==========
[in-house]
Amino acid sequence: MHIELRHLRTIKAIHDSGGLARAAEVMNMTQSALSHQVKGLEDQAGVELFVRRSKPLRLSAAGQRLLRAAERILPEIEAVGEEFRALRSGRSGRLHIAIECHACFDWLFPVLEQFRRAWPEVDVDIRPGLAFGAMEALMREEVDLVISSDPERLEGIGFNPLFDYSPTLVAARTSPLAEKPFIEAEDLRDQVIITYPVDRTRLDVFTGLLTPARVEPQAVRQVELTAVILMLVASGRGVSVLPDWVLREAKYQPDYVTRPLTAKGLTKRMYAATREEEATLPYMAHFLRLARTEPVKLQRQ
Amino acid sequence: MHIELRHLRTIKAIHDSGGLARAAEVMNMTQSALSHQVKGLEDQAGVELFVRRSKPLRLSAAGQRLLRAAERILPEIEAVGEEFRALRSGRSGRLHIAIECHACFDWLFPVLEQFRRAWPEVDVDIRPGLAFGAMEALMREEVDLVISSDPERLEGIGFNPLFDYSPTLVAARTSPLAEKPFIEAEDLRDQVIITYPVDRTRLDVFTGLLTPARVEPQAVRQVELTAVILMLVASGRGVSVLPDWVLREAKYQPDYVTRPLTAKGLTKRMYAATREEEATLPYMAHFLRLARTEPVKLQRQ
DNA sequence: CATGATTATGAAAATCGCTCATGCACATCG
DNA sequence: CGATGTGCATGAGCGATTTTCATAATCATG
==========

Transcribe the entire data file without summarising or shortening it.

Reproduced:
[in-house]
Amino acid sequence: MHIELRHLRTIKAIHDSGGLARAAEVMNMTQSALSHQVKGLEDQAGVELFVRRSKPLRLSAAGQRLLRAAERILPEIEAVGEEFRALRSGRSGRLHIAIECHACFDWLFPVLEQFRRAWPEVDVDIRPGLAFGAMEALMREEVDLVISSDPERLEGIGFNPLFDYSPTLVAARTSPLAEKPFIEAEDLRDQVIITYPVDRTRLDVFTGLLTPARVEPQAVRQVELTAVILMLVASGRGVSVLPDWVLREAKYQPDYVTRPLTAKGLTKRMYAATREEEATLPYMAHFLRLARTEPVKLQRQ
Amino acid sequence: MHIELRHLRTIKAIHDSGGLARAAEVMNMTQSALSHQVKGLEDQAGVELFVRRSKPLRLSAAGQRLLRAAERILPEIEAVGEEFRALRSGRSGRLHIAIECHACFDWLFPVLEQFRRAWPEVDVDIRPGLAFGAMEALMREEVDLVISSDPERLEGIGFNPLFDYSPTLVAARTSPLAEKPFIEAEDLRDQVIITYPVDRTRLDVFTGLLTPARVEPQAVRQVELTAVILMLVASGRGVSVLPDWVLREAKYQPDYVTRPLTAKGLTKRMYAATREEEATLPYMAHFLRLARTEPVKLQRQ
DNA sequence: CATGATTATGAAAATCGCTCATGCACATCG
DNA sequence: CGATGTGCATGAGCGATTTTCATAATCATG